Lady Liuwa Frequently Asked Questions Part 3

Lady Liuwa and Young Lioness. Photo courtesey of Jon Walker

Is Lady Liuwa still alive?

Yes, Lady Liuwa is still alive and well. She has a recurrent limp but otherwise is getting along quite well.

Has Lady Liuwa had cubs?

No, Lady Liuwa has not had cubs. She has been observed mating since the arrival of the translocated males in 2009, but at this point it is not expected she will reproduce.

Has the young lioness had cubs with the remaining male lion?

No cubs yet, but during the spring of 2013 the young lioness appeared pregnant. She also spent a great deal of time in the tall grass north of Matamanene Camp alone, which is consistent with how a lioness about to give birth would behave. However, no cubs were ever observed. It is possible she was pregnant and lost her litter, which is not unsual for a young, first time mother.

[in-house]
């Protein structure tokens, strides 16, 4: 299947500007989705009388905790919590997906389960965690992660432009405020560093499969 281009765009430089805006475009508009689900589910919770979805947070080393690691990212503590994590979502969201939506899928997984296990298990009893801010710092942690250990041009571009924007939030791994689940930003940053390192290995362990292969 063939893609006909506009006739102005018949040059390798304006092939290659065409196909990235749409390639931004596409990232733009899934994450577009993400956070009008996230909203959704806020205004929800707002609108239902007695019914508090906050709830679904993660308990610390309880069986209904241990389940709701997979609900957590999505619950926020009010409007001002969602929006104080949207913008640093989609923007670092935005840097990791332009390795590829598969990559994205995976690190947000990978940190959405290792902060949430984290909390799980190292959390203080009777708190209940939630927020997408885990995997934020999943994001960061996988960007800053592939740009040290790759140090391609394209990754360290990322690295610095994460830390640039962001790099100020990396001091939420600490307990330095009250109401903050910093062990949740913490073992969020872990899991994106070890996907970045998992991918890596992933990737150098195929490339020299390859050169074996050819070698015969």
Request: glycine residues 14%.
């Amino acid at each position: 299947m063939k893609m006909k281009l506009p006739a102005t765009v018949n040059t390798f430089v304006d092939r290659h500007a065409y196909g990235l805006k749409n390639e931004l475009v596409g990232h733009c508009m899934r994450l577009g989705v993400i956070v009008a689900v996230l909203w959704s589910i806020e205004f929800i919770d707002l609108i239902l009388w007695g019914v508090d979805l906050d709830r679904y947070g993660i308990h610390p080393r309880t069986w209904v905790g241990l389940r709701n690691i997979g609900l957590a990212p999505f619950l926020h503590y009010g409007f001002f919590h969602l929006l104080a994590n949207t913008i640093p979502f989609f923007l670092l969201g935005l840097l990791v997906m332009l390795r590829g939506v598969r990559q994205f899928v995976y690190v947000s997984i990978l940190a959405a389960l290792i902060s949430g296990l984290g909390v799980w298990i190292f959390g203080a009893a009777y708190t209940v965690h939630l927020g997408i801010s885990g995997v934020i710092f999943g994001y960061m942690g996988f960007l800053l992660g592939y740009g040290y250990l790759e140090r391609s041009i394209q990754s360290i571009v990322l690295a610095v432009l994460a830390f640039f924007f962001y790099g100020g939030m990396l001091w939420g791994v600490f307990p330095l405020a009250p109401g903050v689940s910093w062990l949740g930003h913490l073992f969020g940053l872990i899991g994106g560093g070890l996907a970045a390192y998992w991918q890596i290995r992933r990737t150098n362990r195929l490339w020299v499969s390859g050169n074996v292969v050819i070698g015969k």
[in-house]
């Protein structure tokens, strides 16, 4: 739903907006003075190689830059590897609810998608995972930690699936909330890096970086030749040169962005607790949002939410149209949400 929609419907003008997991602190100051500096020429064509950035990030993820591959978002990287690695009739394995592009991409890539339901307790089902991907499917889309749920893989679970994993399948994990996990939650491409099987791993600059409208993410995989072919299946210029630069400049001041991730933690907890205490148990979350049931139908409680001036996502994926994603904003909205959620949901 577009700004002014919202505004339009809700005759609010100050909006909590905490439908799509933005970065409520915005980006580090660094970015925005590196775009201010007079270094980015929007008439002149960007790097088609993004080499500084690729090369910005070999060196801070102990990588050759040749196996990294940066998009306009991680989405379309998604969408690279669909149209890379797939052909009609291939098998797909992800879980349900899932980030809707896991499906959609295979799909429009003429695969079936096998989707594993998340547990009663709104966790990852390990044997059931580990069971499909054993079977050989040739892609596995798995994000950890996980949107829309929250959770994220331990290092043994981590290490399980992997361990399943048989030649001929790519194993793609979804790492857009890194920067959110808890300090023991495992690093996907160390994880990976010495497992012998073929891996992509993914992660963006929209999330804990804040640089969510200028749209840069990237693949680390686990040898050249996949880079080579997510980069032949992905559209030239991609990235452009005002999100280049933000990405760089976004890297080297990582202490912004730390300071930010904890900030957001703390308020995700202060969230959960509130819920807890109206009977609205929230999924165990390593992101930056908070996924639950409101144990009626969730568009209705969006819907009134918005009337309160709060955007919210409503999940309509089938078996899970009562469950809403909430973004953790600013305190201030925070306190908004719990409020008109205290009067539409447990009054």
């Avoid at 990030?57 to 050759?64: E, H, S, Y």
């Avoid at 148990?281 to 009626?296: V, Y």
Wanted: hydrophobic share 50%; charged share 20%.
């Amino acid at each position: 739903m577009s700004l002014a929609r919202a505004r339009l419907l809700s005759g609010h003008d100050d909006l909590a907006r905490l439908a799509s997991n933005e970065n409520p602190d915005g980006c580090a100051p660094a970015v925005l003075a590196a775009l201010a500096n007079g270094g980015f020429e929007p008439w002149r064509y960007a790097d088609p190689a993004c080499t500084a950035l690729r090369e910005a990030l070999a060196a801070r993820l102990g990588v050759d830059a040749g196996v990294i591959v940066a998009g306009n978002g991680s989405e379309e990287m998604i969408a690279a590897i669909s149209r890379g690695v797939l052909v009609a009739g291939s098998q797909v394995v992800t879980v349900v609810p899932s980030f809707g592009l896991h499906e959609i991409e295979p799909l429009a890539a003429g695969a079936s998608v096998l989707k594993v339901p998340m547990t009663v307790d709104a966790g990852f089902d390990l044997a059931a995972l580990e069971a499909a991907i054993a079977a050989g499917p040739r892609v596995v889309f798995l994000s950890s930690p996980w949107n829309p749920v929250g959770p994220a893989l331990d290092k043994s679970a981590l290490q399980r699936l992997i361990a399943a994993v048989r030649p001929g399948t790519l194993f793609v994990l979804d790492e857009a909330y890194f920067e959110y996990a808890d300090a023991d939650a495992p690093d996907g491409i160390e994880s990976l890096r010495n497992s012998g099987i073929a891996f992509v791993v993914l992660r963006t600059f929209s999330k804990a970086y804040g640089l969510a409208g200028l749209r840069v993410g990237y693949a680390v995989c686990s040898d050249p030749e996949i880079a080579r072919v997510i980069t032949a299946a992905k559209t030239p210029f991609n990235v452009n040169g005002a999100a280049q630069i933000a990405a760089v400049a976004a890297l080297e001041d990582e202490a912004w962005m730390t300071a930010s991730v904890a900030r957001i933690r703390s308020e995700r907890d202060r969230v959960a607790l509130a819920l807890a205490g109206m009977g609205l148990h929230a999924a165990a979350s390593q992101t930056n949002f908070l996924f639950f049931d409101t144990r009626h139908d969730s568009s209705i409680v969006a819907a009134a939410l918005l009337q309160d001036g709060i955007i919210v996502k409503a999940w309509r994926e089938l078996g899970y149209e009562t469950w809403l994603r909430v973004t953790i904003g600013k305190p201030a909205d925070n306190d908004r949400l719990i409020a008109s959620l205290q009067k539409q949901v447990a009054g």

I though the young lioness and remaining male were named “Hope” and “Prince”?

Brian Wood of WildflifeWorldWide.com mistakenly claimed that the other lions have been named Hope and Prince. Lion Voice re-posted this information but it is not correct. As of yet, the lions do not have names. Scientists and researchers typically do no name the lions they study. Lady Liuwa is an exception, though her name was more a product of folklore when she was on the only lioness in Liuwa. Unlike Shamu at Sea World, the lions of Liuwa Plain are not mascots, symbols, zoo animals or pets, but wild lions living typical lion lives.

 

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